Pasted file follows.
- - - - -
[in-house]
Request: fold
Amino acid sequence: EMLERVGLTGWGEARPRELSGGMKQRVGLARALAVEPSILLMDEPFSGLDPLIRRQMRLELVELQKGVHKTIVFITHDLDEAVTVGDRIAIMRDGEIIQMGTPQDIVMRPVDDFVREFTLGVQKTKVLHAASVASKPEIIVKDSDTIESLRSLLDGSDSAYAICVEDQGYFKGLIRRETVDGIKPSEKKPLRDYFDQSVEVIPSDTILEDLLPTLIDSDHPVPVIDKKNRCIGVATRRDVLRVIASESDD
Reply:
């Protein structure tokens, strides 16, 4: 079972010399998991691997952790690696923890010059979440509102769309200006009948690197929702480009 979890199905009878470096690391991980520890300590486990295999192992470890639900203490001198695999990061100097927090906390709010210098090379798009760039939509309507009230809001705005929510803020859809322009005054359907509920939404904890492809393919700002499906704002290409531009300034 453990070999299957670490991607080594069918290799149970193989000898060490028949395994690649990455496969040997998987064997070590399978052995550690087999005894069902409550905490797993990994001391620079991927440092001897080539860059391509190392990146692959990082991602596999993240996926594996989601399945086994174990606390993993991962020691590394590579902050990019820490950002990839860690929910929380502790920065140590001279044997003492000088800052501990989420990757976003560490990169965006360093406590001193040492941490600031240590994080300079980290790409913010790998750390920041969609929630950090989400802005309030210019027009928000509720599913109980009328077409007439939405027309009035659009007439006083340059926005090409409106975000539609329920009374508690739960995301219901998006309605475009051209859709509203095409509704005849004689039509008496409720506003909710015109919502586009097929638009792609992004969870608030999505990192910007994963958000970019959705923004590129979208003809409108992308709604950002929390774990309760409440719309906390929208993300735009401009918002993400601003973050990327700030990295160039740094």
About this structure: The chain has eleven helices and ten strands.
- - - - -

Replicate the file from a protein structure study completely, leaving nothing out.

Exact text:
[in-house]
Request: fold
Amino acid sequence: EMLERVGLTGWGEARPRELSGGMKQRVGLARALAVEPSILLMDEPFSGLDPLIRRQMRLELVELQKGVHKTIVFITHDLDEAVTVGDRIAIMRDGEIIQMGTPQDIVMRPVDDFVREFTLGVQKTKVLHAASVASKPEIIVKDSDTIESLRSLLDGSDSAYAICVEDQGYFKGLIRRETVDGIKPSEKKPLRDYFDQSVEVIPSDTILEDLLPTLIDSDHPVPVIDKKNRCIGVATRRDVLRVIASESDD
Reply:
């Protein structure tokens, strides 16, 4: 079972010399998991691997952790690696923890010059979440509102769309200006009948690197929702480009 979890199905009878470096690391991980520890300590486990295999192992470890639900203490001198695999990061100097927090906390709010210098090379798009760039939509309507009230809001705005929510803020859809322009005054359907509920939404904890492809393919700002499906704002290409531009300034 453990070999299957670490991607080594069918290799149970193989000898060490028949395994690649990455496969040997998987064997070590399978052995550690087999005894069902409550905490797993990994001391620079991927440092001897080539860059391509190392990146692959990082991602596999993240996926594996989601399945086994174990606390993993991962020691590394590579902050990019820490950002990839860690929910929380502790920065140590001279044997003492000088800052501990989420990757976003560490990169965006360093406590001193040492941490600031240590994080300079980290790409913010790998750390920041969609929630950090989400802005309030210019027009928000509720599913109980009328077409007439939405027309009035659009007439006083340059926005090409409106975000539609329920009374508690739960995301219901998006309605475009051209859709509203095409509704005849004689039509008496409720506003909710015109919502586009097929638009792609992004969870608030999505990192910007994963958000970019959705923004590129979208003809409108992308709604950002929390774990309760409440719309906390929208993300735009401009918002993400601003973050990327700030990295160039740094």
About this structure: The chain has eleven helices and ten strands.